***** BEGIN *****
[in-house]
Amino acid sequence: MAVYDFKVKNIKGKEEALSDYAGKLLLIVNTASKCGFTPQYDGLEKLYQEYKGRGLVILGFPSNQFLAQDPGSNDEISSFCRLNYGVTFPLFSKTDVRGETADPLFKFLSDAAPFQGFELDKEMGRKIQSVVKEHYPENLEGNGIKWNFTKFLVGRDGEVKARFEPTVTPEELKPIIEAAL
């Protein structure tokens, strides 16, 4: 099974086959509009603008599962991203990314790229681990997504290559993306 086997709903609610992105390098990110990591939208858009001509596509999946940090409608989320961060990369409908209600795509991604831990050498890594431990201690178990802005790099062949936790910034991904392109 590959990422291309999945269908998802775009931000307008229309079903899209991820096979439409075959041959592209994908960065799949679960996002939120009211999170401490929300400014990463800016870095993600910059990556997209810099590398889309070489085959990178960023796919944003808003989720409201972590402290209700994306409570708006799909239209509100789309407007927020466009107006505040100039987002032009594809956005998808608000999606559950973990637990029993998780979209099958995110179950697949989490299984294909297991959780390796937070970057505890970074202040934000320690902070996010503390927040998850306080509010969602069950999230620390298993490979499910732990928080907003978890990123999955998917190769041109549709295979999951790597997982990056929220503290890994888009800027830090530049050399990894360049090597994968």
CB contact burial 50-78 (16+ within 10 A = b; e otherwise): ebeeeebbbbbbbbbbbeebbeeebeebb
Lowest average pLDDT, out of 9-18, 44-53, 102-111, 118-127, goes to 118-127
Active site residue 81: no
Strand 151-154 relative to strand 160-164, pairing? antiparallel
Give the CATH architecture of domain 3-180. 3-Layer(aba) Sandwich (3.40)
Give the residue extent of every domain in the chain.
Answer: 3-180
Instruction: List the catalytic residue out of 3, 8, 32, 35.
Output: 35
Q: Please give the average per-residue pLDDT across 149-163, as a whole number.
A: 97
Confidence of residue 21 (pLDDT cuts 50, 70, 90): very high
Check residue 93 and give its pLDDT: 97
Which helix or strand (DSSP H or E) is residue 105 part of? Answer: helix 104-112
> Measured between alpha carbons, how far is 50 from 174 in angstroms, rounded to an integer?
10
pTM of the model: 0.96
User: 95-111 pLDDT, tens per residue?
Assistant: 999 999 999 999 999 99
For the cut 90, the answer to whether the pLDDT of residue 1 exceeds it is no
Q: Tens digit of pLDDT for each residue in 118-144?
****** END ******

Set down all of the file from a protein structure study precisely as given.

[in-house]
Amino acid sequence: MAVYDFKVKNIKGKEEALSDYAGKLLLIVNTASKCGFTPQYDGLEKLYQEYKGRGLVILGFPSNQFLAQDPGSNDEISSFCRLNYGVTFPLFSKTDVRGETADPLFKFLSDAAPFQGFELDKEMGRKIQSVVKEHYPENLEGNGIKWNFTKFLVGRDGEVKARFEPTVTPEELKPIIEAAL
């Protein structure tokens, strides 16, 4: 099974086959509009603008599962991203990314790229681990997504290559993306 086997709903609610992105390098990110990591939208858009001509596509999946940090409608989320961060990369409908209600795509991604831990050498890594431990201690178990802005790099062949936790910034991904392109 590959990422291309999945269908998802775009931000307008229309079903899209991820096979439409075959041959592209994908960065799949679960996002939120009211999170401490929300400014990463800016870095993600910059990556997209810099590398889309070489085959990178960023796919944003808003989720409201972590402290209700994306409570708006799909239209509100789309407007927020466009107006505040100039987002032009594809956005998808608000999606559950973990637990029993998780979209099958995110179950697949989490299984294909297991959780390796937070970057505890970074202040934000320690902070996010503390927040998850306080509010969602069950999230620390298993490979499910732990928080907003978890990123999955998917190769041109549709295979999951790597997982990056929220503290890994888009800027830090530049050399990894360049090597994968």
CB contact burial 50-78 (16+ within 10 A = b; e otherwise): ebeeeebbbbbbbbbbbeebbeeebeebb
Lowest average pLDDT, out of 9-18, 44-53, 102-111, 118-127, goes to 118-127
Active site residue 81: no
Strand 151-154 relative to strand 160-164, pairing? antiparallel
Give the CATH architecture of domain 3-180. 3-Layer(aba) Sandwich (3.40)
Give the residue extent of every domain in the chain.
Answer: 3-180
Instruction: List the catalytic residue out of 3, 8, 32, 35.
Output: 35
Q: Please give the average per-residue pLDDT across 149-163, as a whole number.
A: 97
Confidence of residue 21 (pLDDT cuts 50, 70, 90): very high
Check residue 93 and give its pLDDT: 97
Which helix or strand (DSSP H or E) is residue 105 part of? Answer: helix 104-112
> Measured between alpha carbons, how far is 50 from 174 in angstroms, rounded to an integer?
10
pTM of the model: 0.96
User: 95-111 pLDDT, tens per residue?
Assistant: 999 999 999 999 999 99
For the cut 90, the answer to whether the pLDDT of residue 1 exceeds it is no
Q: Tens digit of pLDDT for each residue in 118-144?